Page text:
Heat, High Humidity, and String Instruments
Regina in Encore Orchestral Strings has some great advice for all of the string players out there. Keep reading!
We’re approaching the time of year where temperatures are averaging above 75 degrees Fahrenheit with high humidity levels in Indiana. We all know that cold winters present it’s own challenges, but the summer heat can create just as many issues. Wood is an organic material that will always react to the temperature, which is why we have to be careful about where the instrument is being stored.
We have seen fingerboards come unglued, necks pop out of place, and varnish essentially melt. With the high levels of humidity and scorching temperatures that we endure in Indiana, you want to be careful with how you store your instrument and where it is being stored. One of the most common scenarios that we hear about from our customers involves leaving an instrument in the car on a hot summer day.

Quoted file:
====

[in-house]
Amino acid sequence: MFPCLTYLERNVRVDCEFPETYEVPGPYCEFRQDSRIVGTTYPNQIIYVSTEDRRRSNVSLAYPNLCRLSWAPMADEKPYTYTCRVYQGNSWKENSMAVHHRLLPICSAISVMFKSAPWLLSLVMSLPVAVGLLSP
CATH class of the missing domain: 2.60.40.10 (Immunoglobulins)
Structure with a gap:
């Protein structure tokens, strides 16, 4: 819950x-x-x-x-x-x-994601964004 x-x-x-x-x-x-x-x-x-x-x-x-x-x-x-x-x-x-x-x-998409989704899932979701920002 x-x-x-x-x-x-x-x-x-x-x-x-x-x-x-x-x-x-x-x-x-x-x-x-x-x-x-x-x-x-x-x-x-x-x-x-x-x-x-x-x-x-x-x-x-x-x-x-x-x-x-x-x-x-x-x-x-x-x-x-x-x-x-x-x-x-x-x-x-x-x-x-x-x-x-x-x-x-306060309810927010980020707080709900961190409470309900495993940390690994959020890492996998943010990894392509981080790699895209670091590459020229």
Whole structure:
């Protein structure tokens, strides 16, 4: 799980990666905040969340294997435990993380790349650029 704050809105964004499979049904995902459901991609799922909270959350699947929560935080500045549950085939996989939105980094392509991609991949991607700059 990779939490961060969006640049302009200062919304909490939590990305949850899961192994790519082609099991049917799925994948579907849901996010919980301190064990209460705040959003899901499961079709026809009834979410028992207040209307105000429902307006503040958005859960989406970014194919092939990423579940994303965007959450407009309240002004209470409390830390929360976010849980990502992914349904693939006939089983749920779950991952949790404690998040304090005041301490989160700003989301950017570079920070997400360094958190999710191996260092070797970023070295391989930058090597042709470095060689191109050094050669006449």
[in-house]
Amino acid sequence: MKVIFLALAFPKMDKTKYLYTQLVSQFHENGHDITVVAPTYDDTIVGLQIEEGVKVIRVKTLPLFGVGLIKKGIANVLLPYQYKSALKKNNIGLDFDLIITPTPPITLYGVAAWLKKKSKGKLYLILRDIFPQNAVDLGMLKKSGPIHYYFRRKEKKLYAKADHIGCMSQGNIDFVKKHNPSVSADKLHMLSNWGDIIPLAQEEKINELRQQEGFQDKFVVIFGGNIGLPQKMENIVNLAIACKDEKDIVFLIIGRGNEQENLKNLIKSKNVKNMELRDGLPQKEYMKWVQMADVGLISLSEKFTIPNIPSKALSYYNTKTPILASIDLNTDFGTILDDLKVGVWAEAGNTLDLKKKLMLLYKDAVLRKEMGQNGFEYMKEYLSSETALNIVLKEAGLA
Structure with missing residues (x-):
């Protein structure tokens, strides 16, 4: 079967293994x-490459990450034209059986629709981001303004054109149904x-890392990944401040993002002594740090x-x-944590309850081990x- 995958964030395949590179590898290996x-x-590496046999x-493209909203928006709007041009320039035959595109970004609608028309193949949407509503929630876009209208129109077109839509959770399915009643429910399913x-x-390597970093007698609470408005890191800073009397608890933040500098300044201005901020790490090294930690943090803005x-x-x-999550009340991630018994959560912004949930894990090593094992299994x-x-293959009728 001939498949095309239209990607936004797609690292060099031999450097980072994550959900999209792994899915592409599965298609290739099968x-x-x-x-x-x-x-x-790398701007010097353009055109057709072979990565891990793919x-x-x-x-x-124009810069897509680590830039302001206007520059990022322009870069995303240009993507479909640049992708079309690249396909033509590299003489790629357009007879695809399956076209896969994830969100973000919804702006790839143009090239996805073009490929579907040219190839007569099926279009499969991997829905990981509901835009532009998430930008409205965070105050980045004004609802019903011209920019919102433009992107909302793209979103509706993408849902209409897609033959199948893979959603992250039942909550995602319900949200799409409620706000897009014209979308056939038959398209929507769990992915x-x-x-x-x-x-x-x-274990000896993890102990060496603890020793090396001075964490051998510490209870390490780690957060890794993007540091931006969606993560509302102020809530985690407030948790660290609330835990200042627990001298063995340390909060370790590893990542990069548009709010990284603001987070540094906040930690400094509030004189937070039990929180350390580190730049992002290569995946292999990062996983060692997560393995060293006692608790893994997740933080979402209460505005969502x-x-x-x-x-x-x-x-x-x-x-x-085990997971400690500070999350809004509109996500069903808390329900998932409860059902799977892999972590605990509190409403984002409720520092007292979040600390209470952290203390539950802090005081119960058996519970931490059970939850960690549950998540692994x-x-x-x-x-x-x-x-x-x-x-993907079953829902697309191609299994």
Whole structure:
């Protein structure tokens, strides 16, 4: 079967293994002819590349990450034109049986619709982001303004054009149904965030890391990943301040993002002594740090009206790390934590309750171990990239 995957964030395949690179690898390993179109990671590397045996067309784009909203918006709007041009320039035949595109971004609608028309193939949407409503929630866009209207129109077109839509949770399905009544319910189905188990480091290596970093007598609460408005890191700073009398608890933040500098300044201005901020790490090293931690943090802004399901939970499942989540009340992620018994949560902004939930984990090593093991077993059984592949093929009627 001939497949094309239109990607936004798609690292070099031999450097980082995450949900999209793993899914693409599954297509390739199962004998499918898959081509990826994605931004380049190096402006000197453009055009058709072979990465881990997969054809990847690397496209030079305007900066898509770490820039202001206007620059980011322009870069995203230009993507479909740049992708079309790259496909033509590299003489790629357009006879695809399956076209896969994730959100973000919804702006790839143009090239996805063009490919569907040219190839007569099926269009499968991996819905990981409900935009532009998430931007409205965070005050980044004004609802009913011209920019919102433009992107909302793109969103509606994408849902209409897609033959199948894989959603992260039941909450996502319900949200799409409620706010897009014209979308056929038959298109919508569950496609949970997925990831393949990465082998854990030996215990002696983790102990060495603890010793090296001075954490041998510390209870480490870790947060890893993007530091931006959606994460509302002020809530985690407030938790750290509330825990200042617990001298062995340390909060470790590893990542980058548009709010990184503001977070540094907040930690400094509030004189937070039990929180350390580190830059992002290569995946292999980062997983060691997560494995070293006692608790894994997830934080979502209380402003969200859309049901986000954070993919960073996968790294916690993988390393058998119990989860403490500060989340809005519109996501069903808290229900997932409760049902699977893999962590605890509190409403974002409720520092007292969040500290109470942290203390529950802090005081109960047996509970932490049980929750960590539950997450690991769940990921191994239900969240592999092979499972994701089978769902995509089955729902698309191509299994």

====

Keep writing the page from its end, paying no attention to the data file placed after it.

No matter what the temperature outside is, it is safest to bring the instrument inside with you wherever you are. We recently had a cello come in that suffered quite a bit of cosmetic damage due to it being left in a hot car for an extended amount of time. Not only was the varnish ruined by the heat, but the cello itself was stuck to the inside of the case which caused even more damage to the back of the instrument. My best advice to give is to keep your instrument close to you… if you’re uncomfortable with the temperature where your instrument is being stored, more than likely the instrument is uncomfortable too!
Have a look to see what an excessive amount of heat can do to a cello: